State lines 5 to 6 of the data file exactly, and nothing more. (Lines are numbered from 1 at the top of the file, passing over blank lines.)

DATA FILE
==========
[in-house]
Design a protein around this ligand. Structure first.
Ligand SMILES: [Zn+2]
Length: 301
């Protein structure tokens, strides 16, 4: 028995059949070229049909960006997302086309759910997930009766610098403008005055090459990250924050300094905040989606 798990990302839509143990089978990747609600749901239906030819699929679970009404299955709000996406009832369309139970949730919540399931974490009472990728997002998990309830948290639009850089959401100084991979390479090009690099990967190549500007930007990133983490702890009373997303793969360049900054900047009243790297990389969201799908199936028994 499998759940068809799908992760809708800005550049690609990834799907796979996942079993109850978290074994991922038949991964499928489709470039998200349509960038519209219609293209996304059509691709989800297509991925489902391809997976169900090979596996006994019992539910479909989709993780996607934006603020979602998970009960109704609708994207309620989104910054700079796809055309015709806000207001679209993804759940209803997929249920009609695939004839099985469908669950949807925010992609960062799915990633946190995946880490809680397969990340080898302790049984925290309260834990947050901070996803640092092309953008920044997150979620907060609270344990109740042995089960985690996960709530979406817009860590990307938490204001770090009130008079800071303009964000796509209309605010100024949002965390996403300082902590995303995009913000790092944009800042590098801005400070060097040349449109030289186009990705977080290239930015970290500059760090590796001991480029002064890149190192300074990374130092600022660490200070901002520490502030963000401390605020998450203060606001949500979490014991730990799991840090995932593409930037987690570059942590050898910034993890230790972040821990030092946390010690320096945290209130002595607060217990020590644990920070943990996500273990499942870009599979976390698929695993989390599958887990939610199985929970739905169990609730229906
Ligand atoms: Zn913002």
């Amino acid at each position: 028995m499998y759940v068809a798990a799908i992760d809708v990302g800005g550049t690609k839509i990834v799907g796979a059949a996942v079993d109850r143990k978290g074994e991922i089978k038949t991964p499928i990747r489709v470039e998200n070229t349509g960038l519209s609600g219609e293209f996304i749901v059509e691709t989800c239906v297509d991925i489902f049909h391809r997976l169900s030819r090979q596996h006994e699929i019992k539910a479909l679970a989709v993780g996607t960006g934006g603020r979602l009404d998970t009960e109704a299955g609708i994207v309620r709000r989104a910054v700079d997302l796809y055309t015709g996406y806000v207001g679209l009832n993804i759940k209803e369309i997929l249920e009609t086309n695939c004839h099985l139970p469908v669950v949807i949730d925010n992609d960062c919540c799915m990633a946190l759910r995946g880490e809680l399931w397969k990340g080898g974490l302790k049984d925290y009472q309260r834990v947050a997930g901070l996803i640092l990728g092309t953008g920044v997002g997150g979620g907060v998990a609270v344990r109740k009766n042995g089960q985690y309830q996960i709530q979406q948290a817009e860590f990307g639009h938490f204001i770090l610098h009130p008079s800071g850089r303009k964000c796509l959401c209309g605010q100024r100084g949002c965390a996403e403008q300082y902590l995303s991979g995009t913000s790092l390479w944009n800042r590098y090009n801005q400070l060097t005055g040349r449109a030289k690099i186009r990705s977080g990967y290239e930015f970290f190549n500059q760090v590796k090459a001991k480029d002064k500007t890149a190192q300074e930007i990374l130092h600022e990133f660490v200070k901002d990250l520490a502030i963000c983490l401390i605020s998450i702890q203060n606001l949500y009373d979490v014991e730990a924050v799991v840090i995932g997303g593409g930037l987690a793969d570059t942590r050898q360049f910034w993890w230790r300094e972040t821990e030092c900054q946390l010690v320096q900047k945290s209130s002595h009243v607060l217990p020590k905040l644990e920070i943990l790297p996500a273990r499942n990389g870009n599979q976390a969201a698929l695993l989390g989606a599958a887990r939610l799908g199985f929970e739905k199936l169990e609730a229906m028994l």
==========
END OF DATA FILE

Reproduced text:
């Protein structure tokens, strides 16, 4: 028995059949070229049909960006997302086309759910997930009766610098403008005055090459990250924050300094905040989606 798990990302839509143990089978990747609600749901239906030819699929679970009404299955709000996406009832369309139970949730919540399931974490009472990728997002998990309830948290639009850089959401100084991979390479090009690099990967190549500007930007990133983490702890009373997303793969360049900054900047009243790297990389969201799908199936028994 499998759940068809799908992760809708800005550049690609990834799907796979996942079993109850978290074994991922038949991964499928489709470039998200349509960038519209219609293209996304059509691709989800297509991925489902391809997976169900090979596996006994019992539910479909989709993780996607934006603020979602998970009960109704609708994207309620989104910054700079796809055309015709806000207001679209993804759940209803997929249920009609695939004839099985469908669950949807925010992609960062799915990633946190995946880490809680397969990340080898302790049984925290309260834990947050901070996803640092092309953008920044997150979620907060609270344990109740042995089960985690996960709530979406817009860590990307938490204001770090009130008079800071303009964000796509209309605010100024949002965390996403300082902590995303995009913000790092944009800042590098801005400070060097040349449109030289186009990705977080290239930015970290500059760090590796001991480029002064890149190192300074990374130092600022660490200070901002520490502030963000401390605020998450203060606001949500979490014991730990799991840090995932593409930037987690570059942590050898910034993890230790972040821990030092946390010690320096945290209130002595607060217990020590644990920070943990996500273990499942870009599979976390698929695993989390599958887990939610199985929970739905169990609730229906
Ligand atoms: Zn913002």